Vettel beyond reach in India
Sebastian Vettel put one hand on his fourth consecutive World Drivers’ Championship title with an emphatic victory in India, finishing almost half a minute ahead of Mercedes’ Nico Rosberg and Lotus’ Romain Grosjean.
After crossing the line to provisionally become just the fourth driver in Formula One history to win four titles, Vettel admitted he could not express what the achievement, which will not become official until the end of the season, meant.
“I crossed the line, I was empty. I took ages thinking about something today,” he admitted. “It’s one of these moments you wish to say so many things but you can’t.
“The car was phenomenal today. It was phenomenal all season to be honest. I couldn’t ask for more,” he added. “I want to say a big thank you to the team, to all the people that were behind us. For sure it was not an easy season, even if people from the outside get the idea that we had it in our hands for quite a while, the last couple of races. But I think it was a difficult one, all in all.
“It was a very difficult one for me personally. To receive boos, even though you haven’t done anything wrong, to overcome that and to give the right answer on the track and finally get the acceptance that I think we’re all looking for as racing drivers… it makes me very proud to join people like Prost, Fangio and Michael.”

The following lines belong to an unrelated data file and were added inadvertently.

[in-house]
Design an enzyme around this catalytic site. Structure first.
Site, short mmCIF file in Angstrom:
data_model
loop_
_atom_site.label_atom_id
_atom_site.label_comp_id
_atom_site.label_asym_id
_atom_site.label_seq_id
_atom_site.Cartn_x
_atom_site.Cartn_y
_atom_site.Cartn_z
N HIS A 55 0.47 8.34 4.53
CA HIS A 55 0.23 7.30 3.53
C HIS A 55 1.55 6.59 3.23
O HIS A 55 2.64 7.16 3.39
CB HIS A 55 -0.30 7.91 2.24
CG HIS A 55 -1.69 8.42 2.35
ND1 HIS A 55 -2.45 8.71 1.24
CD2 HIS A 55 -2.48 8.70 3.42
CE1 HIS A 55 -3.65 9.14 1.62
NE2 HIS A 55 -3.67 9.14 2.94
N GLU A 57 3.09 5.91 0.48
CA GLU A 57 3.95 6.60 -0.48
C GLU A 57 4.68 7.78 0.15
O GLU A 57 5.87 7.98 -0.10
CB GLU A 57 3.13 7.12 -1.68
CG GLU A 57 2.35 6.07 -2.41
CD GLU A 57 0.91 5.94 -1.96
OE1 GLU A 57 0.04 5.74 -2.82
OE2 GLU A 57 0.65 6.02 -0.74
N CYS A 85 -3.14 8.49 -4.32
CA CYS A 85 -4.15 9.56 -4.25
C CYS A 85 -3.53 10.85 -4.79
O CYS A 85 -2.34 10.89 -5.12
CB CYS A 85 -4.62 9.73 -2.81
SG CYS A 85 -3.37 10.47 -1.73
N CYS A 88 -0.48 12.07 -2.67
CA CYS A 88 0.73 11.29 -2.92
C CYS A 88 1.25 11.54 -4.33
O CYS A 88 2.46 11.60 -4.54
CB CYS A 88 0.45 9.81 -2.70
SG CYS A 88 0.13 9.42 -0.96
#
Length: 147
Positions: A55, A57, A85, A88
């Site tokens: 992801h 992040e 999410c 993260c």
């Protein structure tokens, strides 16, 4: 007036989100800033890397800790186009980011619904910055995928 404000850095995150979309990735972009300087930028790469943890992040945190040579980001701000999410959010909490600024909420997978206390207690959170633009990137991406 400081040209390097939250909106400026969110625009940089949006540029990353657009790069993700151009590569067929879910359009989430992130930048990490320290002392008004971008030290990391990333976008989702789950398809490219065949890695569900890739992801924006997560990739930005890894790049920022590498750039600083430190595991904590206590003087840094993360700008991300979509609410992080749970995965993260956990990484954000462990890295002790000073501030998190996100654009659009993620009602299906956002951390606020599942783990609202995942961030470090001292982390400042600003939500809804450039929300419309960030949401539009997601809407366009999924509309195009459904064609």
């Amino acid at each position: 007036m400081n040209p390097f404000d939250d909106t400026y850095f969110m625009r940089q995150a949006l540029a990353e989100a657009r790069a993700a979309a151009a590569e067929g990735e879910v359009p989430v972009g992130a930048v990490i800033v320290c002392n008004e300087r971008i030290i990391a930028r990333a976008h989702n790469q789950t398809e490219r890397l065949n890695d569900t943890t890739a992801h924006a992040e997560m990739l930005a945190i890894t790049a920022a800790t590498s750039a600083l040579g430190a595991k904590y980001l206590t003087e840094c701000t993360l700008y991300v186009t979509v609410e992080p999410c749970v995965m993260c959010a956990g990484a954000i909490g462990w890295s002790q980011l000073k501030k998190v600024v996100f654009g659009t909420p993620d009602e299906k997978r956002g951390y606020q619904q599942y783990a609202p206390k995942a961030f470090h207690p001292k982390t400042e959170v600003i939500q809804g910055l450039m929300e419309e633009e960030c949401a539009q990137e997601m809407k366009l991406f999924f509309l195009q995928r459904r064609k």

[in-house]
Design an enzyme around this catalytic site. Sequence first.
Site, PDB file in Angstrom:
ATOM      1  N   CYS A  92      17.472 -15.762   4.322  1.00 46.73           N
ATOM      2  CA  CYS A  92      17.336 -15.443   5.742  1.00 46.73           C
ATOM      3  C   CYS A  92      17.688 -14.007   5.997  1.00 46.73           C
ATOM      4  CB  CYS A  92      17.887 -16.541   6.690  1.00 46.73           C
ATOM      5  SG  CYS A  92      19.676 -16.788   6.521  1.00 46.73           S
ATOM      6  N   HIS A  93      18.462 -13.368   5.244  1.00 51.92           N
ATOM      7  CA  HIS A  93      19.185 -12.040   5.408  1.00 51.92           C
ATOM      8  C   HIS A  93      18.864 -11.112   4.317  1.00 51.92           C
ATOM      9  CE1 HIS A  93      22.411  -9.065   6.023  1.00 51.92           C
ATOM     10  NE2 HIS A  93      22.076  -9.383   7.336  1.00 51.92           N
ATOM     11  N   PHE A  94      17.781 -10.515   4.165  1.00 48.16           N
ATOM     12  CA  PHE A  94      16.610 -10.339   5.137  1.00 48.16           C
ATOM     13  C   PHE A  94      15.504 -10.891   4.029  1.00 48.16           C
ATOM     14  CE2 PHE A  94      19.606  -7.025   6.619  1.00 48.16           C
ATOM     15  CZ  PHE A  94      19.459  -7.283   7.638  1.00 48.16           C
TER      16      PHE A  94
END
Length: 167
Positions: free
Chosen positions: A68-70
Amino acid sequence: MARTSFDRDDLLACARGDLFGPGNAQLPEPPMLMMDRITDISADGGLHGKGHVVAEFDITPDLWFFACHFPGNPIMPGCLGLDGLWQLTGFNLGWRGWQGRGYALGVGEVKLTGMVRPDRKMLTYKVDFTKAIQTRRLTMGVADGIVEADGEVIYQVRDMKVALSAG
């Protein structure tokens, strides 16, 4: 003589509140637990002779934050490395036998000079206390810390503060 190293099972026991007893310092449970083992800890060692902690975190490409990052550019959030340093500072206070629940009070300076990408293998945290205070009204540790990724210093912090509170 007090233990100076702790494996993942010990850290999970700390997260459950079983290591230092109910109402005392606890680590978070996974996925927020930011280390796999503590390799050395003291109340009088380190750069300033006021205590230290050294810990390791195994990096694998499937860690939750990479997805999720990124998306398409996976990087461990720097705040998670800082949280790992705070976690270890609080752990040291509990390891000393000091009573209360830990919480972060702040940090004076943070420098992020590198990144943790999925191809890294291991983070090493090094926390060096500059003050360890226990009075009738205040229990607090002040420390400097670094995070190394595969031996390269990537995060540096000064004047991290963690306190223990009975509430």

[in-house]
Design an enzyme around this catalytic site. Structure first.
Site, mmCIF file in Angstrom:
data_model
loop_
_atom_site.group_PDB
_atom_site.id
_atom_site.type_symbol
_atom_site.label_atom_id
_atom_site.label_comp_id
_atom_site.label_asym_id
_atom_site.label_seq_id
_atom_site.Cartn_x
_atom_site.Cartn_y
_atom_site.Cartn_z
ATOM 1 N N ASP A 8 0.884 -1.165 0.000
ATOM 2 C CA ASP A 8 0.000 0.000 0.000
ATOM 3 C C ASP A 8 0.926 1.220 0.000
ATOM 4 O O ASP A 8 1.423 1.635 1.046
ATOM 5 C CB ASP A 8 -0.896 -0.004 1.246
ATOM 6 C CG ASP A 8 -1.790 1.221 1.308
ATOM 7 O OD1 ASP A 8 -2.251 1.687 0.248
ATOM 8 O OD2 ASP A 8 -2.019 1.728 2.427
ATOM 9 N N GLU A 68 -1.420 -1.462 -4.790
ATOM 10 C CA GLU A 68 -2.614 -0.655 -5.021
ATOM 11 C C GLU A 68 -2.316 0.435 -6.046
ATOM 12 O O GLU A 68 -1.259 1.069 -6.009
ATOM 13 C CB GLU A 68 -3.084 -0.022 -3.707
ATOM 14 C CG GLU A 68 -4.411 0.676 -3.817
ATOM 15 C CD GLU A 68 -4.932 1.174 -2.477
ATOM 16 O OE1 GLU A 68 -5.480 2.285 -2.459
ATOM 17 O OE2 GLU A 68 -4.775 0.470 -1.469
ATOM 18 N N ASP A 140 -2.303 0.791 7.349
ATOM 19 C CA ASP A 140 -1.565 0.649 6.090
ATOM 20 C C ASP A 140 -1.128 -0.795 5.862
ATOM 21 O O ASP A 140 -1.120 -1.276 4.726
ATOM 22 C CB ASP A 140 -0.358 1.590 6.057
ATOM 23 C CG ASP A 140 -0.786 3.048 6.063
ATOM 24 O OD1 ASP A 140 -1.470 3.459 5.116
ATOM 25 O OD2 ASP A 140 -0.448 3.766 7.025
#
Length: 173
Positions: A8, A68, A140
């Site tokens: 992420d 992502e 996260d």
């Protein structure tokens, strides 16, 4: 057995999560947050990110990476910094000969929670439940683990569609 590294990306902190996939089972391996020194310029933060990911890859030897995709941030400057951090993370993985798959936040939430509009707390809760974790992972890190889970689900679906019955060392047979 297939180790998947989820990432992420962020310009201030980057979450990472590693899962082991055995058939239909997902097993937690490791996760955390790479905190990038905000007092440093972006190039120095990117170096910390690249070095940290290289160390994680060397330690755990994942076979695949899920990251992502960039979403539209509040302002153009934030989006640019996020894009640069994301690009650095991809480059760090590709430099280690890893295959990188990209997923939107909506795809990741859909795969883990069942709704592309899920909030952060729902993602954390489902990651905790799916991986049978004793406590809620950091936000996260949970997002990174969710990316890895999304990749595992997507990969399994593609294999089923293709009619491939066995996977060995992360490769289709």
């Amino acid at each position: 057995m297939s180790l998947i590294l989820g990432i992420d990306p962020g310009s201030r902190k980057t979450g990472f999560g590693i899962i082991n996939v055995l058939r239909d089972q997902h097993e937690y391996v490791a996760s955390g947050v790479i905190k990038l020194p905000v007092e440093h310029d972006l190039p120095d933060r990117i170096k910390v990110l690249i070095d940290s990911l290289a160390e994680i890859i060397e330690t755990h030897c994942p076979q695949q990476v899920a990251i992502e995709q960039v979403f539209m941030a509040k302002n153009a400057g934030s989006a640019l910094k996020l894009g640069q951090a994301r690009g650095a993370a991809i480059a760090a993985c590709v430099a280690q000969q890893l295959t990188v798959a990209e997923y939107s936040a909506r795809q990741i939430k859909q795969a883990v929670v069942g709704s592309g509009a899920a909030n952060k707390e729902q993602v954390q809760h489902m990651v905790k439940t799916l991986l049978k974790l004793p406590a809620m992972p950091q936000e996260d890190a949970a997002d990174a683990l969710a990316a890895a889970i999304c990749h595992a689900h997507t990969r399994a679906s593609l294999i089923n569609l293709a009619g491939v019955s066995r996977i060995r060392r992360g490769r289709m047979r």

The German, starting from pole, held his lead at the start but, on fragile soft compound tyres pitted after just two laps. That dropped him to 17th but as others pitted and the backmarkers were dismissed, Vettel flew through the field, and within 10 laps he was up to P6 and pressuring Force India’s Adrian Sutil.
At the front, with the other soft-tyre starters peeling off towards the pits for a change of tyres, Vettel’s team-mate Mark Webber, who had opted to start on the more durable medium tyre, had taken the lead and was 14.5 seconds ahead of the German.
The battle, then, was between the two Red Bull drivers. Having passed Sutil and Daniel Ricciardo, who were on long opening stints and had not pitted, Vettel found himself lodged behind the similarly long-running Sergio Pérez, and Webber seemed to have the upper hand.
On lap 22, however, Vettel bustled past the Mexican and began to close the gap. Webber, recognising the threat pitted on lap 28, taking a set of soft tyres in the search of a burst of pace to maintain a gap. Vettel responded and made his second and final stop three laps later.
Webber did his best to make ground, but on lap 32 his soft tyres were gone and he made his final stop for mediums. He emerged in P4, 12.5 seconds adrift of the German on the same tyres and that was the victory decided.
Webber was still looking set for second place but just eight laps later he was out of the race, an alternator problem ending his afternoon early.
Behind the front pair, Nico Rosberg, who had started on the front row beside Vettel, put in a solid performance to claim second. The Mercedes driver cycled through a largely untroubled two-stop race and was in third place with nine laps to go behind a rapidly slowing Kimi Raikkonen.